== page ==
A Tennessee Republican Wants to Remove a Statue of a Former KKK Grand Wizard and Replace It With One of Dolly Parton

“If we want to preserve history, then let’s tell it the right way,” says Jeremy Faison.

Dolly Parton at the Grand Ole Opry in 2011. Photo by Timothy Wildey, via Flickr.
Dolly Parton at the Grand Ole Opry in 2011. Photo by Timothy Wildey, via Flickr.

In a debate over who ought to be memorialized at the Tennessee state capitol, Dolly Parton has an unexpected champion on her side.

Representative Jeremy Faison, a Republican from Tennessee’s 11th District, is asking why the country singer and songwriter—born in 1946 in Pittman Center, Tennessee—shouldn’t be memorialized instead of Nathan Bedford Forrest, a Confederate general and the first Grand Wizard of the Ku Klux Klan.

Faison’s call follows several years of heated and sometimes deadly debate over the fate of Confederate monuments on public grounds. Forrest led Confederate troops in the Fort Pillow Massacre, in which hundreds of surrendered Union soldiers, mostly black, were slaughtered. Faison has called for moving the Forrest sculpture to the state museum.

“If we want to preserve history, then let’s tell it the right way,” Faison said, according to the Tennessean. “Right now there are eight alcoves [in the Capitol]. Seven are filled with white men. How about getting a lady in there? My daughter is 16, and I would love for her to come into the Capitol and see a lady up there. What’s wrong with [suffragist] Anne Dallas Dudley getting in that alcove? What’s wrong with someone like Dolly Parton being put in that alcove?”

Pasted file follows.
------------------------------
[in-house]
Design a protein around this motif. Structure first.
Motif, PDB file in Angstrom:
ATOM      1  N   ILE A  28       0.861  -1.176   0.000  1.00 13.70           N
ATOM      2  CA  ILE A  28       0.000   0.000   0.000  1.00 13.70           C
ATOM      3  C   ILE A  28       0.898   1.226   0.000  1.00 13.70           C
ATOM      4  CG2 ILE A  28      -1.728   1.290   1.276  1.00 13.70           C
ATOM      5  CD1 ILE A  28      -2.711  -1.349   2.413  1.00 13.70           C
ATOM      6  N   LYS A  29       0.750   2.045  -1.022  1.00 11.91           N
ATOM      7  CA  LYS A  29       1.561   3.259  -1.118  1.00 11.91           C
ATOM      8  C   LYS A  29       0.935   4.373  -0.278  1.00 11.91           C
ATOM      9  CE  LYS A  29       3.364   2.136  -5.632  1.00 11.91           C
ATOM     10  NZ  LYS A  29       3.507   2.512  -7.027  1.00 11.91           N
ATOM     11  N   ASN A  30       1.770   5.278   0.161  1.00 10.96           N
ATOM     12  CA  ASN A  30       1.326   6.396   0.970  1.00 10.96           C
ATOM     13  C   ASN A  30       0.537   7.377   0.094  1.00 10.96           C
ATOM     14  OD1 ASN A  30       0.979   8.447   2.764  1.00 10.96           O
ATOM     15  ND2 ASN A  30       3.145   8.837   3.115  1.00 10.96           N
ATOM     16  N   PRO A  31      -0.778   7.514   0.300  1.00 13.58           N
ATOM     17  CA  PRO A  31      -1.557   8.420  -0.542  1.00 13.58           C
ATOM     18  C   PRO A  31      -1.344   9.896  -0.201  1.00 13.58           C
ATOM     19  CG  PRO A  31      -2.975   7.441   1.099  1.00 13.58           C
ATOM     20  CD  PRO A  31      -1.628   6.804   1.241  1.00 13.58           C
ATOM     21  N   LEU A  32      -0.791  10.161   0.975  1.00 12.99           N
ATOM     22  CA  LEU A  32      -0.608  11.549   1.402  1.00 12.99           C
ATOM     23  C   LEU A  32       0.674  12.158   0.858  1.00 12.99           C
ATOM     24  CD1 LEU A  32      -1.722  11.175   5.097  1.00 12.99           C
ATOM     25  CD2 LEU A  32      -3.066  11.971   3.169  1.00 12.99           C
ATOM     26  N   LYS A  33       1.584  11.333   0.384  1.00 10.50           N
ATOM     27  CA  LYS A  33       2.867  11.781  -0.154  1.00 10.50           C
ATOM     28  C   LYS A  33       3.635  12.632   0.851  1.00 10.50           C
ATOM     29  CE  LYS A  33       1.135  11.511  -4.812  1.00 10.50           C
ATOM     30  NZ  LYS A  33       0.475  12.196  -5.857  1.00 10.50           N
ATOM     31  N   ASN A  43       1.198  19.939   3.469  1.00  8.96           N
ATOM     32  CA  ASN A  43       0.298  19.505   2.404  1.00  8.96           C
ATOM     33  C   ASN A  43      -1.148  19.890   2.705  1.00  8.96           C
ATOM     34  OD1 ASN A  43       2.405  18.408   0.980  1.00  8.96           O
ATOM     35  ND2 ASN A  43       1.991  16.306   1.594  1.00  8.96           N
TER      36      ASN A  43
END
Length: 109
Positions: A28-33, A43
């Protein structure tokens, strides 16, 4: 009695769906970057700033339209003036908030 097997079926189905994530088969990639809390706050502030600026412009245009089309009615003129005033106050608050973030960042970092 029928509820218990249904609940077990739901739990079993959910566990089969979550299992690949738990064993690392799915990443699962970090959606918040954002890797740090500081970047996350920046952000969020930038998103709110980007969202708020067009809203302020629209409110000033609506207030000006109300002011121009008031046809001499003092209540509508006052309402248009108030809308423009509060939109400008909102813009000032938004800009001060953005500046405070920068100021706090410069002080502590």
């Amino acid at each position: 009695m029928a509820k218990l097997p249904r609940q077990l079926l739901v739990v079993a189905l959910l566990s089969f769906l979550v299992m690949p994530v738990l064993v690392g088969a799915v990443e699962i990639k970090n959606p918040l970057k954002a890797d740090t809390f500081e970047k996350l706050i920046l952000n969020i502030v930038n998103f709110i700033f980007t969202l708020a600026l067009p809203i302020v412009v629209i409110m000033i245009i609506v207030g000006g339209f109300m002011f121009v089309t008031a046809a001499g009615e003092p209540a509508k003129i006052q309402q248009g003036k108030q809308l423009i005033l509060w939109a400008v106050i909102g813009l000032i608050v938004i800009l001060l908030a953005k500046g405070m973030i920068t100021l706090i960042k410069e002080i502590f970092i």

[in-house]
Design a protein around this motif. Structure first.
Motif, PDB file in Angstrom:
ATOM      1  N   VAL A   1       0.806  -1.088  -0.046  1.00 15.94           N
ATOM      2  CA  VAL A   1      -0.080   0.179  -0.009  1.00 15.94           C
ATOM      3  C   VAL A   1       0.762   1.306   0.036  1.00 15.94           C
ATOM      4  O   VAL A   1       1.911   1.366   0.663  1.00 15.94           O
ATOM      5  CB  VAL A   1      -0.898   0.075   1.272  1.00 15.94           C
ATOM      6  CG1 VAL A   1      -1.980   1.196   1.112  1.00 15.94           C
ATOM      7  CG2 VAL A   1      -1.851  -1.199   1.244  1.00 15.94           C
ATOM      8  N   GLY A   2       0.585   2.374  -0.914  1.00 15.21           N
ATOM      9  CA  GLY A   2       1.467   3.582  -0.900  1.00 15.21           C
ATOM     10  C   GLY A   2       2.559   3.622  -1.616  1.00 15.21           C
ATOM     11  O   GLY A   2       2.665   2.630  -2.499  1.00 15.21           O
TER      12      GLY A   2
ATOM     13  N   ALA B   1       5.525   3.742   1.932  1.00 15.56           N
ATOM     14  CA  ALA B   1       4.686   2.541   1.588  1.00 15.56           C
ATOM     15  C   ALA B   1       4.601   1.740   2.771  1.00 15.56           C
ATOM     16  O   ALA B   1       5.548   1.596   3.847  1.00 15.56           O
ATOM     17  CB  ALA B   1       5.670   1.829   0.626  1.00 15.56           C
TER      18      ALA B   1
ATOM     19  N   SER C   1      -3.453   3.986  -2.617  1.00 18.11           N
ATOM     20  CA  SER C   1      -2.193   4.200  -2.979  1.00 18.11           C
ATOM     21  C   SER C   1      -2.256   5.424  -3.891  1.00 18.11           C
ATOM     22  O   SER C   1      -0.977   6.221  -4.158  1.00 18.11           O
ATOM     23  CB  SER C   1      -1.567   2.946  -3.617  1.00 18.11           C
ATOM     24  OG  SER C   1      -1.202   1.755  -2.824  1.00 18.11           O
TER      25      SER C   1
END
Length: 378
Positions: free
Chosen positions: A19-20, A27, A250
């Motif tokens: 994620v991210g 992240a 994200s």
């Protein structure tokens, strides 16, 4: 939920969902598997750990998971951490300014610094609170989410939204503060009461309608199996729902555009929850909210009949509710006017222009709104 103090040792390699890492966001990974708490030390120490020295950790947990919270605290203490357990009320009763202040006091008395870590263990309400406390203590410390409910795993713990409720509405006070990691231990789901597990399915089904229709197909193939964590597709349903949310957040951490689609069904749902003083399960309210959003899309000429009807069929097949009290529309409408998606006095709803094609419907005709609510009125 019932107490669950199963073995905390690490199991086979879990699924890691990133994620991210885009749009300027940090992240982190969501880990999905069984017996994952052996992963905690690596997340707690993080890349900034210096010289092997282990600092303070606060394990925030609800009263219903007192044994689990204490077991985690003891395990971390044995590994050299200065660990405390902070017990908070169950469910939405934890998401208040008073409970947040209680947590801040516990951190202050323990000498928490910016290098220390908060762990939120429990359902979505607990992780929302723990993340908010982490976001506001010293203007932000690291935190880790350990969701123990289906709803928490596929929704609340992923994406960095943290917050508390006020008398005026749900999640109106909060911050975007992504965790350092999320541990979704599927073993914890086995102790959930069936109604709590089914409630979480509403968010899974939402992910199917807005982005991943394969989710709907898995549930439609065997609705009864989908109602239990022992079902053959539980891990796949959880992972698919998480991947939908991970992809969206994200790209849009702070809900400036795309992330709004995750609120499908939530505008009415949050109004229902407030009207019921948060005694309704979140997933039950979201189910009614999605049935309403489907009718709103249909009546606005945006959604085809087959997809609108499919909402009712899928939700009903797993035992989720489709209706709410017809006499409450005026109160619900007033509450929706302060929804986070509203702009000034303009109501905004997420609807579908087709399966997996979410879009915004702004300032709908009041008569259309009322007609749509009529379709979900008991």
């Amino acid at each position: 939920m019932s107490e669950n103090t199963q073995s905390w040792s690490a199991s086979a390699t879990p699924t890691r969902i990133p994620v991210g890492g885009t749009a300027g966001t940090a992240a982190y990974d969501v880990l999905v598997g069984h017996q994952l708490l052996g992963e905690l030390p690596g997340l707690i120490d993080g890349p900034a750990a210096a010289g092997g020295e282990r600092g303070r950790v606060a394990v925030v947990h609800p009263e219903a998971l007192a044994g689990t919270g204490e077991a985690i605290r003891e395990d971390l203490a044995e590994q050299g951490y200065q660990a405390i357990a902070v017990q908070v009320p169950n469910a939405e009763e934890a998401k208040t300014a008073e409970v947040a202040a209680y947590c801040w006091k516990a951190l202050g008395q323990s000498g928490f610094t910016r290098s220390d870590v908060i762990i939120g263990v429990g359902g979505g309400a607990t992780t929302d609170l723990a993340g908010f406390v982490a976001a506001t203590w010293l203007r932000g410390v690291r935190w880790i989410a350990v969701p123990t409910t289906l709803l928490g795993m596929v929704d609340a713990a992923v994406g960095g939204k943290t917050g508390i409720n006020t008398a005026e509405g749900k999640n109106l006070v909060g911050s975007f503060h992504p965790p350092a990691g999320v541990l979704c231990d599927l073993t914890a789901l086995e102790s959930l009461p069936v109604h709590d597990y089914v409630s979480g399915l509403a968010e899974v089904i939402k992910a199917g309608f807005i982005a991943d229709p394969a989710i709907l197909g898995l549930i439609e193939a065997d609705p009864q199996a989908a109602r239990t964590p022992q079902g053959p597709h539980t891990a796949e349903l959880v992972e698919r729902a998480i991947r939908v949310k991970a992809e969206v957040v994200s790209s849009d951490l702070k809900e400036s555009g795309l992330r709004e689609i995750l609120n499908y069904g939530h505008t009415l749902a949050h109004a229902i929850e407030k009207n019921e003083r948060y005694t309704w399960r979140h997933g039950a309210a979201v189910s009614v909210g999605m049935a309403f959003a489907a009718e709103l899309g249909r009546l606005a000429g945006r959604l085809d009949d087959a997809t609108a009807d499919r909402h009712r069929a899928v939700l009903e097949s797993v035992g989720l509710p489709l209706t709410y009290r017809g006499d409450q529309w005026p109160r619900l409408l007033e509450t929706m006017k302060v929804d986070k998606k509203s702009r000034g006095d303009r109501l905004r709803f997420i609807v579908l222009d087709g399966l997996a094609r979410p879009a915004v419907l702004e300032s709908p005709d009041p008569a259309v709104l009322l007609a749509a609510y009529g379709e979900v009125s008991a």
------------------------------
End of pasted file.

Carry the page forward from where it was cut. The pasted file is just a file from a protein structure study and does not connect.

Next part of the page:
The statue of Forrest, who made his fortune as a slave trader, was installed in 1978. Supporters have defended the statue, saying that Forrest later advocated for civil rights.

Representative Faison has changed his tune about that statue over the last two years. At one point he supported the memorialization of Forrest, but was later challenged by African-American fellow representative G.A. Hardaway to read the man’s actual writings on race, according to the Tennessean.

The Capitol houses monuments to two Tennessean Presidents: Andrew Jackson (a slaveholder) and Andrew Johnson (the first president to be impeached in the House of Representatives). Also memorialized is Sam Davis, a Confederate soldier executed by Union forces during the Civil War. A statue of Dolly Parton, whose preferred nickname is “the Smoky Mountain Nightingale,” would change the dynamic, to say the least.


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